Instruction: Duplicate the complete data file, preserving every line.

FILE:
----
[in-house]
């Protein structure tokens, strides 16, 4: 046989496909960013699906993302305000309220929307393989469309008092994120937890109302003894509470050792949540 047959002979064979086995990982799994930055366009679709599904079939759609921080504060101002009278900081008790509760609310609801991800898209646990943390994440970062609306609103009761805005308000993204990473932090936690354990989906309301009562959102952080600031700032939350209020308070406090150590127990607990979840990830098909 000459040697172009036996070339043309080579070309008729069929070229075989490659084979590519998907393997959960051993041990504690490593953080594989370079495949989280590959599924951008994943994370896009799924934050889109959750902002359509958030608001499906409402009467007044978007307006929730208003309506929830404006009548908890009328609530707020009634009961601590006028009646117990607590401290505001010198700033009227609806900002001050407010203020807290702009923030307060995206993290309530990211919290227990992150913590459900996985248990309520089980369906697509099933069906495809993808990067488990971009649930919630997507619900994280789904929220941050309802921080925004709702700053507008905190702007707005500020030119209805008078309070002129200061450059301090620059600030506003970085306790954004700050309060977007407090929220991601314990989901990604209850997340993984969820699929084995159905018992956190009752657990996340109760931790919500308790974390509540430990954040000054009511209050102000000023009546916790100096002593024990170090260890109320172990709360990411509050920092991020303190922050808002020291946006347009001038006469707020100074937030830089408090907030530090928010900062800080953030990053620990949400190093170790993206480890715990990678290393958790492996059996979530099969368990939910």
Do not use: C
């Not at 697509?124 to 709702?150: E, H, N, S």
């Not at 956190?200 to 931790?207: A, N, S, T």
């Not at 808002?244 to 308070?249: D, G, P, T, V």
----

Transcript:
[in-house]
């Protein structure tokens, strides 16, 4: 046989496909960013699906993302305000309220929307393989469309008092994120937890109302003894509470050792949540 047959002979064979086995990982799994930055366009679709599904079939759609921080504060101002009278900081008790509760609310609801991800898209646990943390994440970062609306609103009761805005308000993204990473932090936690354990989906309301009562959102952080600031700032939350209020308070406090150590127990607990979840990830098909 000459040697172009036996070339043309080579070309008729069929070229075989490659084979590519998907393997959960051993041990504690490593953080594989370079495949989280590959599924951008994943994370896009799924934050889109959750902002359509958030608001499906409402009467007044978007307006929730208003309506929830404006009548908890009328609530707020009634009961601590006028009646117990607590401290505001010198700033009227609806900002001050407010203020807290702009923030307060995206993290309530990211919290227990992150913590459900996985248990309520089980369906697509099933069906495809993808990067488990971009649930919630997507619900994280789904929220941050309802921080925004709702700053507008905190702007707005500020030119209805008078309070002129200061450059301090620059600030506003970085306790954004700050309060977007407090929220991601314990989901990604209850997340993984969820699929084995159905018992956190009752657990996340109760931790919500308790974390509540430990954040000054009511209050102000000023009546916790100096002593024990170090260890109320172990709360990411509050920092991020303190922050808002020291946006347009001038006469707020100074937030830089408090907030530090928010900062800080953030990053620990949400190093170790993206480890715990990678290393958790492996059996979530099969368990939910």
Do not use: C
């Not at 697509?124 to 709702?150: E, H, N, S």
């Not at 956190?200 to 931790?207: A, N, S, T």
């Not at 808002?244 to 308070?249: D, G, P, T, V």